I'll send you an email every week or so with guitar lessons, tips, inspiration, and more...

No Spam, Ever! Unsubscribe anytime.

“A” Shape Barre Chord Troubles?

Are you having a hard time with A shape barre chords? In this guitar lesson, you will learn solutions as well as options that perhaps you didn't know were available. 

The A shape barre chords are known as fifth-string-root chords. This means that the name of the chord is found on the fifth string. In other words, we start with the shape of an A chord and move that up the neck by using a bar.

Two Main Approaches

There are two main approaches to doing this. The first one employs a 2-finger bar which is also known as a double bar. The other one is the four finger approach, and uses the index bar and three other fingers. 

Both are good, and ideally a player should be able to use either of them depending on the situation. However, that is not always how it is when you’re learning. Over my years of teaching I’ve learned that it is better to be competent in one thing than to be struggling with several. Let's see the pros and cons of each approach.

The 2-Finger Bar

This approach uses a bar across the strings and a second bar for barring the fourth, third and first string. The most common fingering has the ring finger on that second bar, but some like to use the pinky instead. 

The advantage to the 2 finger bar approach is that it is easier to get to other chords. I usually bar the chord by placing my index across the six strings. Some people bar only up to the fifth string for A barre chords. 

In that case, you don’t even need the first bar at all. Just place your index on the fifth string and your ring finger will take care of the remaining three strings by barring them. The sixth string is muted with a slight touch of the index finger.

The 4-Finger Bar

Here you’re going to make the bar as usual (up to the fifth or sixth string), and then do an A chord with your middle, ring and pinky fingers. 

One of the great things about this approach is that you can get that first string to be part of the sound. This approach works better on guitars that have a wider neck, like acoustics or a classical guitar. This form is also more beneficial for fingerpicking patterns where you want to move your pinky finger for variety.

 On the other hand, the downside to this approach is that it is more difficult to move from chord to chord. Additionally, it gets more difficult to fit the three fingers into the A shape as you move up on the neck.

Which Should I Use?

I often tell my students to stick with the 2-finger bar approach using the third finger if playing electric or acoustic guitar. This is mainly because it is really useful to move quickly from one chord to another.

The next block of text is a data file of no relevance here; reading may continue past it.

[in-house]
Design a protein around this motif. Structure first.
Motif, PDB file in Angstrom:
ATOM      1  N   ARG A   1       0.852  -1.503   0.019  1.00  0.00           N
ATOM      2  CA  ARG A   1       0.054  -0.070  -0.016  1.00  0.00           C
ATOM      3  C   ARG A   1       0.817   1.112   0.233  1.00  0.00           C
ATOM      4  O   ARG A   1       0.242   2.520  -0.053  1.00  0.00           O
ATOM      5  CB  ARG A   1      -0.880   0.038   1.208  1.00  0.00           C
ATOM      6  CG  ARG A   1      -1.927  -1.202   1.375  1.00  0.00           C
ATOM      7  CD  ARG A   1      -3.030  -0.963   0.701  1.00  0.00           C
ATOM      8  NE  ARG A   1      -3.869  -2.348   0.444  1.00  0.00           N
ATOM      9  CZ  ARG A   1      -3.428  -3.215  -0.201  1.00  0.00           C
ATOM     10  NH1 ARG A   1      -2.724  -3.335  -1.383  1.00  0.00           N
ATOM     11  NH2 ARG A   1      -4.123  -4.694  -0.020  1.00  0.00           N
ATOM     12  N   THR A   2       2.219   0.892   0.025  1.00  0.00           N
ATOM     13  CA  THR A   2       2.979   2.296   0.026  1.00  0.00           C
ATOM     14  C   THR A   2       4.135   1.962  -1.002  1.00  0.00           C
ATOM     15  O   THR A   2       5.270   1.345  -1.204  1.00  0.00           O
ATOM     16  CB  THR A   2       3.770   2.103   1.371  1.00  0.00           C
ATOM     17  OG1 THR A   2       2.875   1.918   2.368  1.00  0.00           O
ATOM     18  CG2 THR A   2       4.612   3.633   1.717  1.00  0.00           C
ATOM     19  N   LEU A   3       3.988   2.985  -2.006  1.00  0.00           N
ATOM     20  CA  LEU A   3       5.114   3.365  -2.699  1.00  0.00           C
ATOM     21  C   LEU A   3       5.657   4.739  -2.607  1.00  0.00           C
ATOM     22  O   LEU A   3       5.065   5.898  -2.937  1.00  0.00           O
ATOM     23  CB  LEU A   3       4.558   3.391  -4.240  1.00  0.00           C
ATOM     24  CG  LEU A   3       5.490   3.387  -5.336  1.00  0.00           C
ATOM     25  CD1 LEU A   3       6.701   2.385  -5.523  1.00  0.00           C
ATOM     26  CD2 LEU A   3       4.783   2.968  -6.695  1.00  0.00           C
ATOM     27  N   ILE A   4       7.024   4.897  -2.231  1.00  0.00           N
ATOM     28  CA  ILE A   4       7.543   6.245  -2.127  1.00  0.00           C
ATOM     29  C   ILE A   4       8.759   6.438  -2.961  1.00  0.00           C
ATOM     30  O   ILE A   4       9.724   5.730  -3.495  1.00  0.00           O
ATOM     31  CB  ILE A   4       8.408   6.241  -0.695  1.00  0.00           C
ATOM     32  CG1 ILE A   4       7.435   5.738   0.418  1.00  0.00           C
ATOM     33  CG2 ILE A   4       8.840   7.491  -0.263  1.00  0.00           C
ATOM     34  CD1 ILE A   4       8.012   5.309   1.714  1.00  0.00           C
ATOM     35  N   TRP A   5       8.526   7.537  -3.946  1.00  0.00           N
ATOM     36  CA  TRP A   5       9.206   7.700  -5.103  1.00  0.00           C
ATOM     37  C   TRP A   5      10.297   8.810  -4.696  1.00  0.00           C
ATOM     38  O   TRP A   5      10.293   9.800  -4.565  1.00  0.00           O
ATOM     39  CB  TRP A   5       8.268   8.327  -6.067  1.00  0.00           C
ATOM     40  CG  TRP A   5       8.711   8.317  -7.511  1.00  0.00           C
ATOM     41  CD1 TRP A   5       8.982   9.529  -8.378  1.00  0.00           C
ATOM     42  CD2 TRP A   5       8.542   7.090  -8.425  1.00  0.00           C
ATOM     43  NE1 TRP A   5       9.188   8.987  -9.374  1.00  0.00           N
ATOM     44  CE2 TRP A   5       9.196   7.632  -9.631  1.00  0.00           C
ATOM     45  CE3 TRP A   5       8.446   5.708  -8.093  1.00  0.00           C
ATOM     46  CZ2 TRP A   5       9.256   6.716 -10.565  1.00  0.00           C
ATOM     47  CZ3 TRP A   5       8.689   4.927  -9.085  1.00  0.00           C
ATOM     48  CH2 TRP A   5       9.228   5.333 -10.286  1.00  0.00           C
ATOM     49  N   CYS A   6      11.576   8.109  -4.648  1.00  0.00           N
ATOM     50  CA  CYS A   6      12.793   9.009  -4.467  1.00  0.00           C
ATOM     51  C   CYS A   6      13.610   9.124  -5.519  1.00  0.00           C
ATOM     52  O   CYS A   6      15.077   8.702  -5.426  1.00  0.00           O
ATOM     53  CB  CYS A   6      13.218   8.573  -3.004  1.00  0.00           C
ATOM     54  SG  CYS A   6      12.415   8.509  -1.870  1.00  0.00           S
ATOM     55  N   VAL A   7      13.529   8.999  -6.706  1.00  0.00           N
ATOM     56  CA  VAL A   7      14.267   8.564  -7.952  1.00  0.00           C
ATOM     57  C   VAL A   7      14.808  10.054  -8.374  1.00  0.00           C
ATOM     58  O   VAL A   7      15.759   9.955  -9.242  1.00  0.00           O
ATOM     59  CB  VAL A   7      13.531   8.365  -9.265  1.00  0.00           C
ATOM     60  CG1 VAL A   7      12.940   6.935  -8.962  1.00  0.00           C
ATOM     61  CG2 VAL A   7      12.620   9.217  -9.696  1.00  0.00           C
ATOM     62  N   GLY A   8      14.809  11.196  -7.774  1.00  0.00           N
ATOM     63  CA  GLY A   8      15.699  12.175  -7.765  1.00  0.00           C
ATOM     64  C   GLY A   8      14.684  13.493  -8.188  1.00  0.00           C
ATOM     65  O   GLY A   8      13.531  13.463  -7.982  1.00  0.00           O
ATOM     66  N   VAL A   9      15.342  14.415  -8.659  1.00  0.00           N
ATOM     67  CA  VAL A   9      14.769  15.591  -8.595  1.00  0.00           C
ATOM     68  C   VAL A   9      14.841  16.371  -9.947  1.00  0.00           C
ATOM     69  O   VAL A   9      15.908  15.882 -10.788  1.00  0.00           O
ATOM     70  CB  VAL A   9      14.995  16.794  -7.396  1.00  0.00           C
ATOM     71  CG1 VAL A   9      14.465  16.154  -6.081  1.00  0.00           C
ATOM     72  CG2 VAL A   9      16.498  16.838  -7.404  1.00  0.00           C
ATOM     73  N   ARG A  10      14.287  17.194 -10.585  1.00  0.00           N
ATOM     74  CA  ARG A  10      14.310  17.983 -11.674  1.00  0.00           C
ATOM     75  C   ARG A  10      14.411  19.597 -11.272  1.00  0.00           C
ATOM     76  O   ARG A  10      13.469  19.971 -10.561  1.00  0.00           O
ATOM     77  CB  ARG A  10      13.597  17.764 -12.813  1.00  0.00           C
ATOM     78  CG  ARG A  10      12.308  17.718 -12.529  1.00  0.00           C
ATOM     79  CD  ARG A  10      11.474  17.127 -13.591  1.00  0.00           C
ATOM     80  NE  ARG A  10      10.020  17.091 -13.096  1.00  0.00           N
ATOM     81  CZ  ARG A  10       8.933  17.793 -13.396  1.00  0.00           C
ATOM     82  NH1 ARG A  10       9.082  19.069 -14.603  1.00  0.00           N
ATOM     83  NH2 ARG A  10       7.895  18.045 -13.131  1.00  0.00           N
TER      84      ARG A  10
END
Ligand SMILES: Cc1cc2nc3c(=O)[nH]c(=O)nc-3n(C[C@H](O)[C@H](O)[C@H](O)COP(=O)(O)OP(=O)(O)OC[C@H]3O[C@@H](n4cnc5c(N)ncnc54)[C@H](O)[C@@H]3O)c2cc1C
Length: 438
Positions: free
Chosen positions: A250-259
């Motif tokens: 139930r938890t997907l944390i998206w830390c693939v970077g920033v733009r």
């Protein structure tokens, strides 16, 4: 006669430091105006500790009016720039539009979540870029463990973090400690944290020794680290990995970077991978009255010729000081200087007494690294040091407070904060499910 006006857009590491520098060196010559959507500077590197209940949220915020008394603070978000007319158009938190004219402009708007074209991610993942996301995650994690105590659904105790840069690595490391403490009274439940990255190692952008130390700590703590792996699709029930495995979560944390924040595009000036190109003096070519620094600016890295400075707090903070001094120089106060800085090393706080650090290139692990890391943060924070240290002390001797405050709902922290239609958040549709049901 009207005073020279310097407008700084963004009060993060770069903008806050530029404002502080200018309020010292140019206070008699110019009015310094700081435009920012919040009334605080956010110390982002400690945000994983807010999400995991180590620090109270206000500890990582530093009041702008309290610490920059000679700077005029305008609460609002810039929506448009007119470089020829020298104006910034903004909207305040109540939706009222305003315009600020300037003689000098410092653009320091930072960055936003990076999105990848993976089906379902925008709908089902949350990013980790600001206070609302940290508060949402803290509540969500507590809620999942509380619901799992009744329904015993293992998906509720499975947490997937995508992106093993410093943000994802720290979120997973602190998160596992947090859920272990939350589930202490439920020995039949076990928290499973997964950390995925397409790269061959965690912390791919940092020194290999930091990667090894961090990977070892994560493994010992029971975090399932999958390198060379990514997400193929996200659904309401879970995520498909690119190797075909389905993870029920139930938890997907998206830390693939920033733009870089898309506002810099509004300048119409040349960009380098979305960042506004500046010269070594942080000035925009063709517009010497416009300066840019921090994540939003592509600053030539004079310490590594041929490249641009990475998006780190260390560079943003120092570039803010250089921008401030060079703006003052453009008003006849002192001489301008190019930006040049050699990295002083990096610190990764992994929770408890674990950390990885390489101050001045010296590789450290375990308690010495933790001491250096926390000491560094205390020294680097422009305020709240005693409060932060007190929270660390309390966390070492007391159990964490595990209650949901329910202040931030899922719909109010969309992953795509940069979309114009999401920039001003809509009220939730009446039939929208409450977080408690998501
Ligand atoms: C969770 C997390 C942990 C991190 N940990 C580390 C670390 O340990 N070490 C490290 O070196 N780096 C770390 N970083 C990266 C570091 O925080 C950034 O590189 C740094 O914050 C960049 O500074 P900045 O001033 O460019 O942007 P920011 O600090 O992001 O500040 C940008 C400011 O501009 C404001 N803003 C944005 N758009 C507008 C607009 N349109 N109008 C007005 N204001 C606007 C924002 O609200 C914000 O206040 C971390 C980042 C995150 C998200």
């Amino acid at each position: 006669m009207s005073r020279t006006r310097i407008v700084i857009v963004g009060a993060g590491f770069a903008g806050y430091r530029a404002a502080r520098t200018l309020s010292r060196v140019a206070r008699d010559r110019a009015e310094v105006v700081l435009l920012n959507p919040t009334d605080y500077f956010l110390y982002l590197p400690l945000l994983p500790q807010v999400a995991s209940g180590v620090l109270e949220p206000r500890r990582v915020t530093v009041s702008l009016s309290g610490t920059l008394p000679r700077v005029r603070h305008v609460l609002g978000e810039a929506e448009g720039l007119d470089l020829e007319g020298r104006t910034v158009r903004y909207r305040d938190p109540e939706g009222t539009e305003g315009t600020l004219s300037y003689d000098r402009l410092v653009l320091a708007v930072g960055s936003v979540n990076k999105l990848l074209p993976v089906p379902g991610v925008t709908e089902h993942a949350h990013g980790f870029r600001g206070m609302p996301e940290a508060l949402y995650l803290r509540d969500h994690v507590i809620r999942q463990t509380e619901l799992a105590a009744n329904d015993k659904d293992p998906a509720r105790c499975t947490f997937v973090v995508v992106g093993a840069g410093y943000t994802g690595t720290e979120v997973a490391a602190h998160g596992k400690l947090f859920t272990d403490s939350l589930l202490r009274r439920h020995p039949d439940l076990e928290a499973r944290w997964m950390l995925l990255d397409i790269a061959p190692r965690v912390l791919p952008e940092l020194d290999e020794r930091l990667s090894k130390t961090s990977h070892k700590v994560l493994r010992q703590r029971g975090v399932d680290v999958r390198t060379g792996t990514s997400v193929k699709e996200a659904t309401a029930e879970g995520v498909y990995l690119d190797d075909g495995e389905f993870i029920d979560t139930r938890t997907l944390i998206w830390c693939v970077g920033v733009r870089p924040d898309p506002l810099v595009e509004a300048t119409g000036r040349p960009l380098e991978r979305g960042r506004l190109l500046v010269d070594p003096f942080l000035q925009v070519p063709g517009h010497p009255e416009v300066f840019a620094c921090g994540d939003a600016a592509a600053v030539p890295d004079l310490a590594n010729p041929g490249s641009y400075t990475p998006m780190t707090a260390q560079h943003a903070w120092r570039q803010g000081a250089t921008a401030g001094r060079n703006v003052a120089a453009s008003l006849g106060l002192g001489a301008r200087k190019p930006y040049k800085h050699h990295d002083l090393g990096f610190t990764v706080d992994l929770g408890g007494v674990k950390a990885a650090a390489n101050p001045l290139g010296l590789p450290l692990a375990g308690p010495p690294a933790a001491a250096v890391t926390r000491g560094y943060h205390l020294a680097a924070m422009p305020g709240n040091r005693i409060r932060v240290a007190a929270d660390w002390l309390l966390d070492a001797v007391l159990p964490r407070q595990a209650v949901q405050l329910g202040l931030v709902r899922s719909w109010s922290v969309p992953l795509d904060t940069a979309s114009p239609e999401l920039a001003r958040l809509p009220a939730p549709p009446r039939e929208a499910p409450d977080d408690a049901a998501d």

In case you have difficulty with that second bar on the third finger, try using your pinky. Naturally, the other option is using the 4-finger bar chord in case that works better for your hands.

 If you are just starting out, it is very likely that all of it is going to be uncomfortable and difficult. Give all options a try, for a week or more and see which approach feels more natural or easier to you. 

Be patient. It’s likely it will take some time to get good at this. It’s worth it.

“A” Shape Barre Chord Tips

When you start practicing the “A” shape barre chord, go for the middle of the guitar neck. I like to start with the first bar on the fifth fret. This is because there is less tension on the fifth fret than on the first. And try not to worry too much about the high E string sound, it is not worth the trouble. 

Here’s something I wish someone had told me starting out:  get your guitar action properly adjusted. This will probably cost you some money and time, but it is well worth it. A good action will make your guitar much easier and fun to play. Also, consider putting lighter strings on your guitar.

 Every student struggles with barre chords at first, and this is perfectly natural. I know it can be very frustrating, but you will get over the hump if you keep at it. One of the best ways to do this is to practice barre chord exercises. Playing songs that feature bar chords is great, but you need to isolate the problem. That’s the purpose of skillfully designed exercises.

The "A" Shape Barre Prep Exercise

To start this exercise let’s make the A chord shape on the fifth fret. You can do it with your middle, ring and pinky finger, or you could do it with just your ring finger as a partial bar. You could also try it barring with just your pinky, if that works for you. If you use your pinky, try pushing it with your ring finger for some extra help. I’m going to be using my ring finger as the second bar for this exercise. 

Pluck the fourth string and release. Repeat that with the third and second string. The idea is to get a good sound and press the partial bar only when you pluck. Once you have that, move on to the sixth fret and repeat the exercise. Go all the way up to the tenth fret and then come back down. 

Spend about three minutes doing this, everyday. And if you can, do two or three sessions per day to improve at a faster rate.

More Barre Chord Help!

My course on Real Guitar Success Academy, Bar Chords For Everyone,  is a fun way to learn to play barre chords step-by-step using easy exercises and play-along songs. 

Members of Real Guitar Success Academy can access the course here

Not a member yet? No problem...

Sign up here FREE for 14 days to RGS Academy to get access to this course and much more!

I’m hoping you stick around…  but if not, the 2 weeks should be enough to make great progress on your guitar.

Leave a Reply

Your email address will not be published. Required fields are marked

This site uses Akismet to reduce spam. Learn how your comment data is processed.

{"email":"Email address invalid","url":"Website address invalid","required":"Required field missing"}